One side of the habitat of the gazelle is literally closed by the wall on the border with Syria, the other side is delimited by the villages of Golbasi, Adalar, Kemberlikaya, Incirli, Sucukoyu and Akpinar. Villagers recently converted many fields to the plantation of melons. Fire is often the first step to set up this kind of plantation, who requires a lot of water and doesn’t allow any other grass to grow on its soil. The government, despite the “special protection” status, keeps putting out large pieces of land to tender every year. An effort for the weak local economy, but it is not good news for the gazelles. The result is not only the loss of their habitat but also the dissemination of trash, plastics, the leftovers of fertilizers, and chemical products that pollutes and poisons the oil and water
A factory of marbles and stones is also eating away pieces of the gazelles’ habitat. The factory appealed to a tribunal against the declaration of the “special protection area”, established by a decree of the Turkish Presidency, with the claim that there are not any gazelles in the area, hence no need for special status.
The story of the gazelles of Hatay, so far, has revealed that many important steps have been taken, but still, there are a lot of things to do to guarantee this animal a thriving future.
The first step must be the definition of protection criteria more strict than the already existing ones. The conditions of the “Special protection area” cannot be based on the mere existence of the animal to be protected, it should also ensure the welfare of the habitat they need. A plan should be set to decide how much land can be put out for tender and how much of it should remain untouched. Pressure from the villages cannot be neglected, but a plantation program is the easiest way to avoid monoculture and to enable growing plants that match the standards of the gazelle’s habitat.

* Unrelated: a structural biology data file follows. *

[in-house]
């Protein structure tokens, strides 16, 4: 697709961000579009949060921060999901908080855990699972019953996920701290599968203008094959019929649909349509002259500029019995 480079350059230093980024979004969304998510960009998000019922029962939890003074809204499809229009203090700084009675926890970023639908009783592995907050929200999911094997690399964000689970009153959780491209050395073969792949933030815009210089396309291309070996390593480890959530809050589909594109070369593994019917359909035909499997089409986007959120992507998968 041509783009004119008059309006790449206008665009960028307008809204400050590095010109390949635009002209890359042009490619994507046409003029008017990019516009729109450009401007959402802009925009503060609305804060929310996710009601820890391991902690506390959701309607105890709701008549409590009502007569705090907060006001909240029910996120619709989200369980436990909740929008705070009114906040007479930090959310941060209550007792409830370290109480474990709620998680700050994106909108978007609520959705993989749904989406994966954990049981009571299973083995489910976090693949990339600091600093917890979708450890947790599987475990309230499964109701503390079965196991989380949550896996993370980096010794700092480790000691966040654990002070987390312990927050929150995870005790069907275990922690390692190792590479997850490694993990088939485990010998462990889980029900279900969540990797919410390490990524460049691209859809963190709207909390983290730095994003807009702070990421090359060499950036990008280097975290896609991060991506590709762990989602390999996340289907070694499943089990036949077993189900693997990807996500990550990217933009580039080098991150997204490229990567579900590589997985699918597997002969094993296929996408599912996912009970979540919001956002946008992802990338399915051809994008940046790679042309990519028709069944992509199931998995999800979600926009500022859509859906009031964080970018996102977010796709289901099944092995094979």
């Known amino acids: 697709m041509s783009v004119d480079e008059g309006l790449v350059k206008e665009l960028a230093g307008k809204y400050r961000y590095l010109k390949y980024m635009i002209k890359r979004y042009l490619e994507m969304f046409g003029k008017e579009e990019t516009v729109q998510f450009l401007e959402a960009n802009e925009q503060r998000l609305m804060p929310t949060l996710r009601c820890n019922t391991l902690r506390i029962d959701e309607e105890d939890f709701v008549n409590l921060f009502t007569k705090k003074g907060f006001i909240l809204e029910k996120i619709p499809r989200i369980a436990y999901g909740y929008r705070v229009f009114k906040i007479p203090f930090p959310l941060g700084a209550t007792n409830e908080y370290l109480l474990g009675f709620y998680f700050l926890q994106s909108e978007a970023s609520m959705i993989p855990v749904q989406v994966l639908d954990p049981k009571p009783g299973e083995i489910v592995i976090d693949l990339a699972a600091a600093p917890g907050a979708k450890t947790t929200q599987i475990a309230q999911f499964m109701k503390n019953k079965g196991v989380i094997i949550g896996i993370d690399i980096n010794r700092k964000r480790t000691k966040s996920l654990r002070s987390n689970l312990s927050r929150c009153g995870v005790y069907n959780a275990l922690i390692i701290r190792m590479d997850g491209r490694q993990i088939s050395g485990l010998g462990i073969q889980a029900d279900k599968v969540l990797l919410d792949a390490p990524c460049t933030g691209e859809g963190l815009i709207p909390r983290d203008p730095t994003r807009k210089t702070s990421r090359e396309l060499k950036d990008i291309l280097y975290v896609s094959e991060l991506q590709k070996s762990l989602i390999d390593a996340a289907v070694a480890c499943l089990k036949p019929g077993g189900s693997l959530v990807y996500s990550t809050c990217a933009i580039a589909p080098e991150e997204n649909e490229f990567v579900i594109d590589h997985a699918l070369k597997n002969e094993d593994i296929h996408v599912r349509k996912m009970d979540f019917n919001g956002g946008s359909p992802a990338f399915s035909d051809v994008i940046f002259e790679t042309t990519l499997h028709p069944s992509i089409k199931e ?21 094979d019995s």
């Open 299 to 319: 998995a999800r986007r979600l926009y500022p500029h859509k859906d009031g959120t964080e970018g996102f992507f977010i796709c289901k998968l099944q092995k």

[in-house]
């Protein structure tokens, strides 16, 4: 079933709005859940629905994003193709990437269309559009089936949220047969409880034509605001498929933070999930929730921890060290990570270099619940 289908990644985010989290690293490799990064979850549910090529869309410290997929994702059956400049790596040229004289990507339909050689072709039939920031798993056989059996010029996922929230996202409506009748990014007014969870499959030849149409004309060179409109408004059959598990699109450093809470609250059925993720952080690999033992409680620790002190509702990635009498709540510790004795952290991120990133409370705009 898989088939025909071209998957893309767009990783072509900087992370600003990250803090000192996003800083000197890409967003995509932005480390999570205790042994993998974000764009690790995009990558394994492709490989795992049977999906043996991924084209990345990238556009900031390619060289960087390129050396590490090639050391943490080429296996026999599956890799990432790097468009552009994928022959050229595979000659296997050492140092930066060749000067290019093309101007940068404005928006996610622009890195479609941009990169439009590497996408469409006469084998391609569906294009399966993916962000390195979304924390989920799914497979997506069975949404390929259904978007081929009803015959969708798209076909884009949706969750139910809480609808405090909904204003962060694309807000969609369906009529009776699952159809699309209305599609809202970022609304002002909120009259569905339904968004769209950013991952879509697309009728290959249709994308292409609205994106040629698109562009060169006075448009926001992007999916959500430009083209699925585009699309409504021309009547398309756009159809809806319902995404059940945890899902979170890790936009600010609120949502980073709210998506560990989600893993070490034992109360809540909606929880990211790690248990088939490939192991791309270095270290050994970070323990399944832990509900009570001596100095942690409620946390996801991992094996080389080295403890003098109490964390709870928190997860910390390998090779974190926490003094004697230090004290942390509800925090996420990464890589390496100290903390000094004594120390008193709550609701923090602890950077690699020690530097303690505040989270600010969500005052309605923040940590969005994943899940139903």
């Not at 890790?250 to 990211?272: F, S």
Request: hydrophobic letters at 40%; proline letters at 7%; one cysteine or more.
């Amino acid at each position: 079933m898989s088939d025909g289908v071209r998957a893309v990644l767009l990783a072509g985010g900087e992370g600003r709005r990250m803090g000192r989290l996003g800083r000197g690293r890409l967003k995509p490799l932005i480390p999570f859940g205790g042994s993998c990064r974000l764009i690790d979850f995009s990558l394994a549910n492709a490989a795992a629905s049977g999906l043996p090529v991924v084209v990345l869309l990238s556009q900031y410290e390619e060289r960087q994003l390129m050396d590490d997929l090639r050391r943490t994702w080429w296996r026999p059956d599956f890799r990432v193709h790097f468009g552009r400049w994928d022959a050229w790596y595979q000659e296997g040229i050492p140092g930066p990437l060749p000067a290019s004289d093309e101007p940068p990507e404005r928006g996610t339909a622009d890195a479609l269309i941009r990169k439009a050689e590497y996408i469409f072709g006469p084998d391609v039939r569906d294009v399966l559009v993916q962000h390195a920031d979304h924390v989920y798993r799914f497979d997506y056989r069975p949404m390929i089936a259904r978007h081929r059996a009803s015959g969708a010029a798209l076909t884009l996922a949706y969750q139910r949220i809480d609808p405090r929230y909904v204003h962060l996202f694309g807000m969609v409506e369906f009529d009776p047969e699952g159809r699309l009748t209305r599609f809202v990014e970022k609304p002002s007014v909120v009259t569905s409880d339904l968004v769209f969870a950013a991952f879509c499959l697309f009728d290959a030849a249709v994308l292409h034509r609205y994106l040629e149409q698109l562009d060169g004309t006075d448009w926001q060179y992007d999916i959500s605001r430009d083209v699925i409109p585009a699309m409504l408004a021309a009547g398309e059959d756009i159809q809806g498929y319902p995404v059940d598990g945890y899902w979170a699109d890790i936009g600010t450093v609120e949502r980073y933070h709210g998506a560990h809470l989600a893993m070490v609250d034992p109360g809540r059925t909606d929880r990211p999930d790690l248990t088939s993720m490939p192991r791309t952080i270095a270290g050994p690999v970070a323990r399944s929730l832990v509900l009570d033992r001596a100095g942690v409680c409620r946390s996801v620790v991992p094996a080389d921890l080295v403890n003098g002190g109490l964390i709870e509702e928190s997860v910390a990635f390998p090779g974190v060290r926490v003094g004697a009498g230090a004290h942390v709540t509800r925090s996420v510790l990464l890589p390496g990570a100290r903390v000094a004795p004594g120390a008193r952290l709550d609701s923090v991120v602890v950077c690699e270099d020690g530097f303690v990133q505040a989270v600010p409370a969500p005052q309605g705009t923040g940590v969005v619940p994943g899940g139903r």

The number of roaming dogs must be reduced by capturing. And the activities of the shepherds must be regulated, particularly in pasture areas.
The already mentioned wall on the Syrian border, the number of villages, and consequent pressure by the population are factors that will not permit a significant rise in the number of the gazelle population of Hatay, already under siege, but still protected. Too much density in the population would inevitably raise the risk of an epidemic.
Considering the limited space these animals roam and share every day, a single outbreak can potentially destroy the population. This is a risk that can be prevented by allowing a different spot of the population. Professor Yasar Ergun and officers working on the field told me that provinces of Kilis and Gaziantep still have some areas where the gazelle would adapt quickly and thrive.
Reintroducing animals as a first step to start a new population in new territories can be a game-changer for the future of this animal. A pioneer group can be easily reintroduced to the provinces mentioned above, and then the number can be increased by including other animals, which must of course be monitored.
Turkey has the potential to reverse the worldwide declining trend of this animal. Drawn in the caves by the first men of the Middle East, shaped in manufactures of the Iron Age, painted on magnificent Hellenistic plates, depicted in Roman and Byzantine mosaics, the gazelle has ended up on the edge of extinction. The population in Hatay, after discovered, provided a ray of light in what seemed to be no more than a dark future. The time for the next step has come, because now Turkey has the responsibility to help these animals survive into the next decades, not just in the magnificence of mosaics but in all their living elegance, beauty and grace.